If a black cat crosses your path, you are likely to do more than just spit - the chances are you will scratch, sneeze orbreak out in a rash.
Far from bringing luck, black cats are likely to spark an allergic reaction, more likely than their white cousins, scientists have discovered. Allergy specialists found that patients who owned cats with dark hair were six times more likely to have an allergy illness than those with light-coloured pets.
For the study, reported at a conference on asthma and allergies, doctors compared people with mild and moderate allergic rhinitis, and those with no allergies.
"Patients were interviewed to find out their exposure to cats based on the colour of the pet, whether it was allowed in the bedroom and the animal's gender. The aim was to establish the correlation between the physical characteristics of cat hair and severity of allergic rhinitis,'' says a report on the research at Long Island College Hospital in Brooklyn.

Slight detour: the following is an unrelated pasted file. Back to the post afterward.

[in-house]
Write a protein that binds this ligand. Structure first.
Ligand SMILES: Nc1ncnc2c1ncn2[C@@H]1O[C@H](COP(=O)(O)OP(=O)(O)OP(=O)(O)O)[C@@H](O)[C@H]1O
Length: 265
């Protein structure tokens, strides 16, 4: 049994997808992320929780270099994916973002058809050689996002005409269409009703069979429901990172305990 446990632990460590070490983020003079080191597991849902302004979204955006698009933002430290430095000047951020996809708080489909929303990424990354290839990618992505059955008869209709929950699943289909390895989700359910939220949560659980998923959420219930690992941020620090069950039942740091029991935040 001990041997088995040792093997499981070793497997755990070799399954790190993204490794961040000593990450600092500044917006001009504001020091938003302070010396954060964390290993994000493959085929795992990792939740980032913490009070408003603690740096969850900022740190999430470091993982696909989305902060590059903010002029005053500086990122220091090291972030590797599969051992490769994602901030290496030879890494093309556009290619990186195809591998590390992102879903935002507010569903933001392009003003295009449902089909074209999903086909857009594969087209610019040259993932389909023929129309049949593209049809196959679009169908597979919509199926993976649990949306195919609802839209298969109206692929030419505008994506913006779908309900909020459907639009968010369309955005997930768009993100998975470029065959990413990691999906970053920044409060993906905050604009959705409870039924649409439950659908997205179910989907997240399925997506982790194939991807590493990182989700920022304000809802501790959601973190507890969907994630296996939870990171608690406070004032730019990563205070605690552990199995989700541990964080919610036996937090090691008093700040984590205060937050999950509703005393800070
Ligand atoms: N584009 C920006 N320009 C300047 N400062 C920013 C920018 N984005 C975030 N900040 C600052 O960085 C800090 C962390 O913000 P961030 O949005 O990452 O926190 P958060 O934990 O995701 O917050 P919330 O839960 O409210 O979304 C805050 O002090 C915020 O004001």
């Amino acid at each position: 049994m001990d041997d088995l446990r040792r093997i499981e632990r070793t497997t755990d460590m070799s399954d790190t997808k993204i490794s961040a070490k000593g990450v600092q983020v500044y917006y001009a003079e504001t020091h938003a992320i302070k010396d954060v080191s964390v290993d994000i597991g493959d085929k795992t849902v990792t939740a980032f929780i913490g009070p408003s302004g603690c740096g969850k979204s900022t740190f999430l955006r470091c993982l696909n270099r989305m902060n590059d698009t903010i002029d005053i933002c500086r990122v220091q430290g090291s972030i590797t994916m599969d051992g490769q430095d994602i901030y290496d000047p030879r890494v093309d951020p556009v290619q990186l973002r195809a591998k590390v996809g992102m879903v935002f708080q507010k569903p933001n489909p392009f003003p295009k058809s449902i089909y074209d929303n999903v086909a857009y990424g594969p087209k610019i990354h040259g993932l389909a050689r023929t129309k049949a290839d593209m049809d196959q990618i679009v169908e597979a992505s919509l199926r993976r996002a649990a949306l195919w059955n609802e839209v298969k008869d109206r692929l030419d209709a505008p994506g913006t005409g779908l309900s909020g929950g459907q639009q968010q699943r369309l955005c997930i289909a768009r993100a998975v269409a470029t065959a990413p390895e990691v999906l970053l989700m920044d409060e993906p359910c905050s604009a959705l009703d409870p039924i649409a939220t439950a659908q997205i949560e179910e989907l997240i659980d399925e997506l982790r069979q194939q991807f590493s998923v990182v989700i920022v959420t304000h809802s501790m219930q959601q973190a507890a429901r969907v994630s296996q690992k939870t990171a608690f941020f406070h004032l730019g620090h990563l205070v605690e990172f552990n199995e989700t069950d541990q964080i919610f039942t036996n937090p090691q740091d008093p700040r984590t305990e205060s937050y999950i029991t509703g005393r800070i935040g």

Owners who had their cats in their bedrooms were no more likely to have an allergy than those who did not. The gender of the cat also made no difference to symptoms.
But the colour of the hair did, with 70 per cent of dark-haired cats causing problems, compared to fewer than 25 per cent of the light-coloured.
Why dark cats should have such an effect is not clear. One theory is that it may be connected to the thickness or composition of the hairs. It is known that animal dander - hair, skin scales, fur and feather - can cause both allergic reactions and asthma attacks, and the risk is higher with cats than dogs.
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